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OBR: UK will be paying Brexit divorce bill until 2064

City AM logo City AM 13/03/2018 Catherine Neilan
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The Office for Budget Responsibility estimates the UK will be paying its Brexit divorce bill until 2064.

Published to coincide with Philip Hammond's Spring Statement today, the OBR puts the final figure at £37.1bn - squarely in the middle of government estimates of £35bn-£39bn. 

The body estimates that for the years 2019 and 2020 the UK will contribute "as if it had remained in the Union" -  a total of £16.bn. From 2021-2028, the UK will pay £18.2bn as part of "reste a liquider", in other words the EU's unfunded future liabilities.

Between 2019 and 2064, the UK is also down to pay £2.5bn for "other net liabilities", mostly linked to pensions. 

But the OBR noted that a key feature of the joint agreement struck by Theresa May and Jean-Claude Juncker in December was that the UK would "not be required to incur expenditures earlier than would be the case if it had remained a member state, unless agreed by both sides".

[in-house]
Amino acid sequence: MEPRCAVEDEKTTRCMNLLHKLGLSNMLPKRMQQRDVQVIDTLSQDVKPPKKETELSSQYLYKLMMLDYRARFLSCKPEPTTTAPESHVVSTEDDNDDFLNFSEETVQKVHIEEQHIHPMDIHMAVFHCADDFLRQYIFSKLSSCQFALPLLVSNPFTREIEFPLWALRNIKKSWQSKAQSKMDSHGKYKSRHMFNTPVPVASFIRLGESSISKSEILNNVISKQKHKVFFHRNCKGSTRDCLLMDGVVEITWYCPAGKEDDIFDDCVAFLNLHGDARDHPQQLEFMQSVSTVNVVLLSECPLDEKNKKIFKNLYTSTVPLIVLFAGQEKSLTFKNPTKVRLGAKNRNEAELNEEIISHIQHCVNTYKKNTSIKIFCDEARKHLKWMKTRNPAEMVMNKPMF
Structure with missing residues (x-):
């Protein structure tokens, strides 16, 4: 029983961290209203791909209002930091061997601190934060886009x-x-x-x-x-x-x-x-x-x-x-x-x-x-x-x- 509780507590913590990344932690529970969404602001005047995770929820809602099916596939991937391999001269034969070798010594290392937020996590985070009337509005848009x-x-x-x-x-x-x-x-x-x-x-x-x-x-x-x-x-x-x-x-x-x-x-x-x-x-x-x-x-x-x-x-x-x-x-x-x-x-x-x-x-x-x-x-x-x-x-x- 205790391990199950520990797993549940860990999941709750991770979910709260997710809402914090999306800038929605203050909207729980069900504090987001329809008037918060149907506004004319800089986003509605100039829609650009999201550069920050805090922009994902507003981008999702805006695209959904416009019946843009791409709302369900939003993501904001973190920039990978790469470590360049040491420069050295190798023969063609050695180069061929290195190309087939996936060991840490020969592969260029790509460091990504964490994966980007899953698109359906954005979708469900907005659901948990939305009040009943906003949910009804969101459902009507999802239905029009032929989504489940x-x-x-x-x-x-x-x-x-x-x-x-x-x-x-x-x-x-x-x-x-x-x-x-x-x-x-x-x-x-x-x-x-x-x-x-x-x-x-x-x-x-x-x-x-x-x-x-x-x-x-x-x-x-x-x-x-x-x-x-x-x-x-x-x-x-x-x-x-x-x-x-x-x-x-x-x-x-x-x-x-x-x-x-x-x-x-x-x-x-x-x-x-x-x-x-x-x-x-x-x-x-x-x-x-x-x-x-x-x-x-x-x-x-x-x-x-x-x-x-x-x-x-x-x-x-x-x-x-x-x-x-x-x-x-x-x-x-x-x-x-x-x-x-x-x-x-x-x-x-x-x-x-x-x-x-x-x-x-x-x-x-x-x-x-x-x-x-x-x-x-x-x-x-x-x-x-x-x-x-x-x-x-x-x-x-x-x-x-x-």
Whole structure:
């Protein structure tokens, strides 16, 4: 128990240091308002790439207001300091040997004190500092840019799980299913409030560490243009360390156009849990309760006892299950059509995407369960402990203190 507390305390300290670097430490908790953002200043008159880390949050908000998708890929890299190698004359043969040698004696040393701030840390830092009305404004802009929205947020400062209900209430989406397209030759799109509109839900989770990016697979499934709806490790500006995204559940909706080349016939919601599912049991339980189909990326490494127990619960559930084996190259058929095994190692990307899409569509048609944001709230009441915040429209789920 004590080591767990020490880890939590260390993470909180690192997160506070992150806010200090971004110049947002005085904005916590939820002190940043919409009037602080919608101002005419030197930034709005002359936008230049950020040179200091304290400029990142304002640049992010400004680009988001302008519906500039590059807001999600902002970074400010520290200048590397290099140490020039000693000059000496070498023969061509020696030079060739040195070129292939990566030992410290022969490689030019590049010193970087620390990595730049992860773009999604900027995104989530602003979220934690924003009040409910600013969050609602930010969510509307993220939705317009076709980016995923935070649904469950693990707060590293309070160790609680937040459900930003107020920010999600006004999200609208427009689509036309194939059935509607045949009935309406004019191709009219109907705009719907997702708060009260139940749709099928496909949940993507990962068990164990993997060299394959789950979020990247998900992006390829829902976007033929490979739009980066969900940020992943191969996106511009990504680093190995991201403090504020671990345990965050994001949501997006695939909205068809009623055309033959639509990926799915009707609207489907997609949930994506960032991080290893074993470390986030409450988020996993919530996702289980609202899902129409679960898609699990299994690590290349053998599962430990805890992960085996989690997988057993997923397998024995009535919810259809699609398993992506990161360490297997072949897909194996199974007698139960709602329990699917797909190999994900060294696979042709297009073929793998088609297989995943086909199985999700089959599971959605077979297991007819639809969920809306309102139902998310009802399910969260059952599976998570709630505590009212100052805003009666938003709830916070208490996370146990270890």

It also noted that these direct payments did not include "the indirect effects of changes in trade, migration and other policy regimes on the economy and its capacity to generate tax receipts".

"Such effects are impossible to quantify now, since there is no meaningful basis upon which to predict the precise end-point of the negotiations that are underway," the OBR said, echoing points made previously by Brexit secretary David Davis. 

The Treasury has also revealed its breakdown of the £3bn government departmental spend allocated for the next two years to help prepare for Brexit. 

The Home Office takes the largest slice, pocketing £395m as it prepares for a new immigration system. The Department for Environment, Food and Rural Affairs (Defra), headed by Michael Gove, receives the second largest chunk of money - £310m in total. HMRC comes third, with £260m.

The figures do not include the Department for Exiting the EU (Dexeu).

NOW SEE: Chancellor's Spring Statement shows the UK economy is doing 'better than expected' - but the long-term forecasts are still pretty dreadful

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